The magnitude of activation energy represents an important established method of reporting and comparing kinetic data. The mechanical cure development was modeled by model-free models. The activation energies dependence of mechanical degree of cure has been obtained by model-free kinetic methods for foil-wrapped PF bonded joints. The average activation energy by each method was well in agreement with each other and with those by model-fitting methods (Wang et al. 2007). Although physical interpretation of activation energy dependence on mechanical cure advancement was illusive, two vector parameters from model-free kinetics provided a powerful predictive algorithm. The parameters extracted from isothermal data or ramp data all gave a good prediction for cure evolution across various isothermal temperatures. Therefore, after either mechanical or chemical cure development is characterized, the other can be estimated through connection of correlation function between mechanical and chemical degree of cure.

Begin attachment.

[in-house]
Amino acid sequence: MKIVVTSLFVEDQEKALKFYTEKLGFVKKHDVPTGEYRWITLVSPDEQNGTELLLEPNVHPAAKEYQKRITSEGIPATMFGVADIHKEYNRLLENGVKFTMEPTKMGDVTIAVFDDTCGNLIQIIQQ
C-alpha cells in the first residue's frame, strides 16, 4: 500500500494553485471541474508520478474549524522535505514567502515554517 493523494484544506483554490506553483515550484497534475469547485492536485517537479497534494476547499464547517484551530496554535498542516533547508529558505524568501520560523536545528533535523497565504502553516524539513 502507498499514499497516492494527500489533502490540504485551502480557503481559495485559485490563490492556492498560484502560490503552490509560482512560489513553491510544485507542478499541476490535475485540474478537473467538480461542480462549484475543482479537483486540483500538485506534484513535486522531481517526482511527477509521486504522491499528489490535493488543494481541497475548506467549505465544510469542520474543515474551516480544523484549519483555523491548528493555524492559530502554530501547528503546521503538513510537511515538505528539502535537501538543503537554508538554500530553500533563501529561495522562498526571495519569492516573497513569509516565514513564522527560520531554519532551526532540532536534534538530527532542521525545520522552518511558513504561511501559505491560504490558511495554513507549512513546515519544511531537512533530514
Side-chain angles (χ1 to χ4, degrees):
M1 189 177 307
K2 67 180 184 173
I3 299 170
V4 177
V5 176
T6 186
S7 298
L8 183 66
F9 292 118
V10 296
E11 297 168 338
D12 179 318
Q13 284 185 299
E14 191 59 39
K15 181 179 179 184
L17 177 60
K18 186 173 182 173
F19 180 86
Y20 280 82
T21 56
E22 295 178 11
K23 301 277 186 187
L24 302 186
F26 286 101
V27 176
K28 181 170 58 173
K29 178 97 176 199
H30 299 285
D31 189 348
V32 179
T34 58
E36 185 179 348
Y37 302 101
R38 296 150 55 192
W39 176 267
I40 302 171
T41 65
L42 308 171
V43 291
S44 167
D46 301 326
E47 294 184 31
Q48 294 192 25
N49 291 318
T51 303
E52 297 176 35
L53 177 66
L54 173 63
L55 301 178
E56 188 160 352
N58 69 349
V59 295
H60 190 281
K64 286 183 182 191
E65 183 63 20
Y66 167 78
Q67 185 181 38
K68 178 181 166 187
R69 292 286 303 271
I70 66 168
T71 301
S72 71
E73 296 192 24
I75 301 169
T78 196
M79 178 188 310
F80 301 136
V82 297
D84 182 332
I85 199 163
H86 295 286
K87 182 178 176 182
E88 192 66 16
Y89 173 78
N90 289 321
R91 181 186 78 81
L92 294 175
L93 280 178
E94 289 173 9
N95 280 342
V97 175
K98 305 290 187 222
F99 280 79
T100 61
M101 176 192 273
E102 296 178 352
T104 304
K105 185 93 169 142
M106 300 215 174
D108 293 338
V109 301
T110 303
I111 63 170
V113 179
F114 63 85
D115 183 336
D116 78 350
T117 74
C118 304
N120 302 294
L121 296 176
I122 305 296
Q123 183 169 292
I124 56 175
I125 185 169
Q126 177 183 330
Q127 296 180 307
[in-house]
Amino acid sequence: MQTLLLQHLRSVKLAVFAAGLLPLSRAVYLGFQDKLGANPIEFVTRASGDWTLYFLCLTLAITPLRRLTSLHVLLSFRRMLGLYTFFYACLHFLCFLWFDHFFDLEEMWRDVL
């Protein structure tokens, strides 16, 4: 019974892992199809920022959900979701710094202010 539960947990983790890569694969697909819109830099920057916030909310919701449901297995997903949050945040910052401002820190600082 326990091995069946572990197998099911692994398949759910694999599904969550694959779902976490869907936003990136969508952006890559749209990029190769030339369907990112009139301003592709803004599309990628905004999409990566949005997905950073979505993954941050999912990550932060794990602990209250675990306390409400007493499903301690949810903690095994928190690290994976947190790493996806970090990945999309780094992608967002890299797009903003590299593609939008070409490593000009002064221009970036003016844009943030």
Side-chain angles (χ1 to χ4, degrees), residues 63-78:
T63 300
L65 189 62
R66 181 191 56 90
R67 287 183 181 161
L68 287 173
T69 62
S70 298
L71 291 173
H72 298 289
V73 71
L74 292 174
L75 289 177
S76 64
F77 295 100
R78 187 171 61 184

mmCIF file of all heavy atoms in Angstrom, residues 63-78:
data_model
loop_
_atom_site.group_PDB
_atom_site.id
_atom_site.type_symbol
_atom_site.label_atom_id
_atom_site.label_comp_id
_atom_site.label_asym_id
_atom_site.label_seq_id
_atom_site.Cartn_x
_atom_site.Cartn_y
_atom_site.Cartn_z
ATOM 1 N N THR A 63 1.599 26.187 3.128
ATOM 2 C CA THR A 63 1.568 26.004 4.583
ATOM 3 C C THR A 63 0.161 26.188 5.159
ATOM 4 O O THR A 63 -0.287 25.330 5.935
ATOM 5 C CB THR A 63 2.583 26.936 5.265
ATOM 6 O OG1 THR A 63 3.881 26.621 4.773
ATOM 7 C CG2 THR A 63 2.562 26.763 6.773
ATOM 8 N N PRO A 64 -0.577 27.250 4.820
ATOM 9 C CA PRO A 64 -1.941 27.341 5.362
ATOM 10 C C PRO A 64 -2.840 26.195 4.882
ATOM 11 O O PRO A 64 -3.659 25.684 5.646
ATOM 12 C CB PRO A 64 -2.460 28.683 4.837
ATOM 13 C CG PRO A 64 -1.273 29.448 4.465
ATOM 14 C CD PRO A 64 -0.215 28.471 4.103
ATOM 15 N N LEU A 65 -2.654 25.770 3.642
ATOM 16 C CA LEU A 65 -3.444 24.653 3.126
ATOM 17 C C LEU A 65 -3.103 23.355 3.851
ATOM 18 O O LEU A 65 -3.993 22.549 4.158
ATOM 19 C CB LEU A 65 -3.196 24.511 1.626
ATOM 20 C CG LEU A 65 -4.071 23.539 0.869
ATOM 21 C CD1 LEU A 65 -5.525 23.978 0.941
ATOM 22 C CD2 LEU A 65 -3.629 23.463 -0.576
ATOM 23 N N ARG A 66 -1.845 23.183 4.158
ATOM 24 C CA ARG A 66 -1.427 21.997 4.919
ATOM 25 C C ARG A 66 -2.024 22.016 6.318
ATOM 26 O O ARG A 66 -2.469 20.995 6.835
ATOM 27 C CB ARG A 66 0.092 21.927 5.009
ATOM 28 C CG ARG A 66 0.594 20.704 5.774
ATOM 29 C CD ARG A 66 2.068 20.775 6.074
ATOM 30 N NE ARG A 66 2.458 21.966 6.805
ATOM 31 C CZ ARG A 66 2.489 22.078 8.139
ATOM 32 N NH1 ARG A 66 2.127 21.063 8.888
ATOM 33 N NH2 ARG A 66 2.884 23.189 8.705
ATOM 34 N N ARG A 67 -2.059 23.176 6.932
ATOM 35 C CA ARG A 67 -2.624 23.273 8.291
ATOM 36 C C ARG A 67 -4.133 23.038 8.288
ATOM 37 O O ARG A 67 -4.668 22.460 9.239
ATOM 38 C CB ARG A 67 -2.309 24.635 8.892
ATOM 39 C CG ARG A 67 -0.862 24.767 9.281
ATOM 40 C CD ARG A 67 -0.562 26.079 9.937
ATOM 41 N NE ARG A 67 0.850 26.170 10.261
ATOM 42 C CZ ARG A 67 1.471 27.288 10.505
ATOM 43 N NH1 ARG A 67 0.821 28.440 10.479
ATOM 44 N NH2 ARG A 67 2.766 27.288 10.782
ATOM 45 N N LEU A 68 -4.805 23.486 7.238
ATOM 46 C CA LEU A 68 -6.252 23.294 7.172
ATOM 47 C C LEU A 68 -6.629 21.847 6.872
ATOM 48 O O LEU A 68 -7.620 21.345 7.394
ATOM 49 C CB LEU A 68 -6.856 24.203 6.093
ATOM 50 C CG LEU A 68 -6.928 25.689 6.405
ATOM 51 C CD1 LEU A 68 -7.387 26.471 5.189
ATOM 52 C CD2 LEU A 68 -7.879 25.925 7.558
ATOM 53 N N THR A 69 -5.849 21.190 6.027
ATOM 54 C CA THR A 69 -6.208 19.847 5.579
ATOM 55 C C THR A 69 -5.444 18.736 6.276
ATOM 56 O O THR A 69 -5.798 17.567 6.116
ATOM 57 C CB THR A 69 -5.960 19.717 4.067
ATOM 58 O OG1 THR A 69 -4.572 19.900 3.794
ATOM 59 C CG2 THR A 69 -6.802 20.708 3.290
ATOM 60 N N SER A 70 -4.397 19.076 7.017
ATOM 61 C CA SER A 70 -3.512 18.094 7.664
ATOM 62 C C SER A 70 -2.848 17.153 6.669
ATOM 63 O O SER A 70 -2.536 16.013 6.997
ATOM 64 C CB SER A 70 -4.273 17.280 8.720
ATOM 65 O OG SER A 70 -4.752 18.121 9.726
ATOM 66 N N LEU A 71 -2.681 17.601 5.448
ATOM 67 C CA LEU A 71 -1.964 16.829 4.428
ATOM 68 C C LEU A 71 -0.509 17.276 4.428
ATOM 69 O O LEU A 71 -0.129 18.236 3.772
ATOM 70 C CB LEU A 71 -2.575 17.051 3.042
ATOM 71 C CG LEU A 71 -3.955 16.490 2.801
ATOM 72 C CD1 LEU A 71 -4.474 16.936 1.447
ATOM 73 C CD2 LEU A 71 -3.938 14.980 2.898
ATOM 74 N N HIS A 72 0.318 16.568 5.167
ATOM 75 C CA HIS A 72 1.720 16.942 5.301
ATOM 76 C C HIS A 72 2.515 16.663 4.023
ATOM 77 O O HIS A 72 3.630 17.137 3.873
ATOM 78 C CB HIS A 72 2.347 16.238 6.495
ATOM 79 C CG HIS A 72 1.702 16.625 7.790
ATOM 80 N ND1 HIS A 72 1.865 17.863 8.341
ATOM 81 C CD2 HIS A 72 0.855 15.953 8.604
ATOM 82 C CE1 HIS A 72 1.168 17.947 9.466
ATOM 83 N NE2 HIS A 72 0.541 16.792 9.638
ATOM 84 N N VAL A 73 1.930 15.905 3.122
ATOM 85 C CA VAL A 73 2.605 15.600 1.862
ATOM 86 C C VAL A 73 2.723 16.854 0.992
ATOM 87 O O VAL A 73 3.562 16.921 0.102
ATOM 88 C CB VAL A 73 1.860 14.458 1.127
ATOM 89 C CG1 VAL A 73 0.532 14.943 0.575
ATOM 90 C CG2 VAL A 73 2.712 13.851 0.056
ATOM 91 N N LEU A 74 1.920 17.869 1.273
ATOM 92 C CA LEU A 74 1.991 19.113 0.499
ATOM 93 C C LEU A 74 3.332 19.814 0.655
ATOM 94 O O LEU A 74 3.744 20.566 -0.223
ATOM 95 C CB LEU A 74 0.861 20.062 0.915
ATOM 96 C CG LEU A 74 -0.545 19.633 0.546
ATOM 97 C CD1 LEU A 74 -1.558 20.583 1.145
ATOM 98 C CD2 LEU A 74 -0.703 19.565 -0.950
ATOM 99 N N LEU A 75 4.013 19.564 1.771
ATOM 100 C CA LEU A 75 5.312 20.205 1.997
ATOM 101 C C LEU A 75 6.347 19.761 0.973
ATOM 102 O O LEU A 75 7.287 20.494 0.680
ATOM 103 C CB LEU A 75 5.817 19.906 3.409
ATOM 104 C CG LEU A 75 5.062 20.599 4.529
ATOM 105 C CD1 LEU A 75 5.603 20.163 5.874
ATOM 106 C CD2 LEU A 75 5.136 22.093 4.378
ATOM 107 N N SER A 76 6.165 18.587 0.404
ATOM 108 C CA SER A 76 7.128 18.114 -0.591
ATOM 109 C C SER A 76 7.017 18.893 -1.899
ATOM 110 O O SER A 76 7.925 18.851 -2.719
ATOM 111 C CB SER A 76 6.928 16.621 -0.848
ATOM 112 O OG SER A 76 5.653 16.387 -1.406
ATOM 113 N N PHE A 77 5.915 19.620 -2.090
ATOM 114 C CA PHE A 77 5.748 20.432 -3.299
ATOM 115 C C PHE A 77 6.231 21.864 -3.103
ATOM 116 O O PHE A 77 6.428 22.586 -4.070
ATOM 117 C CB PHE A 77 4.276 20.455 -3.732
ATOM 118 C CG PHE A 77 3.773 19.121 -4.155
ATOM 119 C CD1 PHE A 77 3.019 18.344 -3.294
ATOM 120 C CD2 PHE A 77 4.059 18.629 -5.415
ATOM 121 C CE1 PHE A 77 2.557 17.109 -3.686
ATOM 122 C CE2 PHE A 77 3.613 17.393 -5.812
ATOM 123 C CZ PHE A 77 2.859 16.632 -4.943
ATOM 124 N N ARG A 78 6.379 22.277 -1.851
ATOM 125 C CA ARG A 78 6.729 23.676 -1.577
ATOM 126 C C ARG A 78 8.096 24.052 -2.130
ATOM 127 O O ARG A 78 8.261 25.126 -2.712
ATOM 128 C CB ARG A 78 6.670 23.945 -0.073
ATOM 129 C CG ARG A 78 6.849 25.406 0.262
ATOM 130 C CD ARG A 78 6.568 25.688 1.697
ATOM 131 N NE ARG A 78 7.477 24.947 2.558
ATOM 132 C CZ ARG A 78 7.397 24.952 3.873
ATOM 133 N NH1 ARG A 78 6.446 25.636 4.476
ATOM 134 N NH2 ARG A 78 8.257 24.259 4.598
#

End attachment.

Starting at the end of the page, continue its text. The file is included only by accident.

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Two complementary methods of differential scanning calorimetry (DSC) and dynamic analytical analysis (DMA) were used to characterize the cure development of the core and face phenol-formaldehyde (PF) resol resins. Quantitative analyses with H-, 13C-NMR, and gel permeation chromatography demonstrated that the core PF resin has a higher molecular weight distribution than the face PF resin, and thereafter the core PF was labeled as PF-high and the face as PF-low. First, the resins were characterized in a neat state with DSC, in the blends of PF wood at various wood content levels with DSC, and in the thin film between two wood substrates, using DMA and the three-point bending test. The synergy of DSC and DMA techniques could pick up the intrinsic events and features of the PF curing processes, and characterization was comparable between the two techniques. Although the conclusions were based on PF resins, the developed kinetics and methodology should also be applicable to other thermosets.